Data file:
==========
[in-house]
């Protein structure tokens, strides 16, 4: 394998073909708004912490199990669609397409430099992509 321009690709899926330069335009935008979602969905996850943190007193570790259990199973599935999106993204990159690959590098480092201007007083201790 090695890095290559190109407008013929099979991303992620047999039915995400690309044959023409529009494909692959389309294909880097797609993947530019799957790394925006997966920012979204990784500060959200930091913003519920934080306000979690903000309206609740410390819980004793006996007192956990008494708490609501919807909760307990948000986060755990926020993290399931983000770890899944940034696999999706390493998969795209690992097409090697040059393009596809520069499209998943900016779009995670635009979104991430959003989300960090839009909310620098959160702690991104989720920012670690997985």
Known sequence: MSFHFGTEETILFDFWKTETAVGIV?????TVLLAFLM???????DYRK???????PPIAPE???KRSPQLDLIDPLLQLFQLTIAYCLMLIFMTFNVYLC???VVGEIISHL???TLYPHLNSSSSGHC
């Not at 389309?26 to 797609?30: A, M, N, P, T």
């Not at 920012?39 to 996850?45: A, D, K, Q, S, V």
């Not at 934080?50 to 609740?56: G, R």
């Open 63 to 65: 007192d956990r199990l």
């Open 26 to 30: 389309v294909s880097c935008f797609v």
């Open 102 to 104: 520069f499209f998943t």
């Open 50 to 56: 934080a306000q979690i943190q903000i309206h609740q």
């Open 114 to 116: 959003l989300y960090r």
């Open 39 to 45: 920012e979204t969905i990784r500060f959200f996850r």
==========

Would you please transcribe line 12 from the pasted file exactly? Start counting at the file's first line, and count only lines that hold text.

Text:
């Open 39 to 45: 920012e979204t969905i990784r500060f959200f996850r």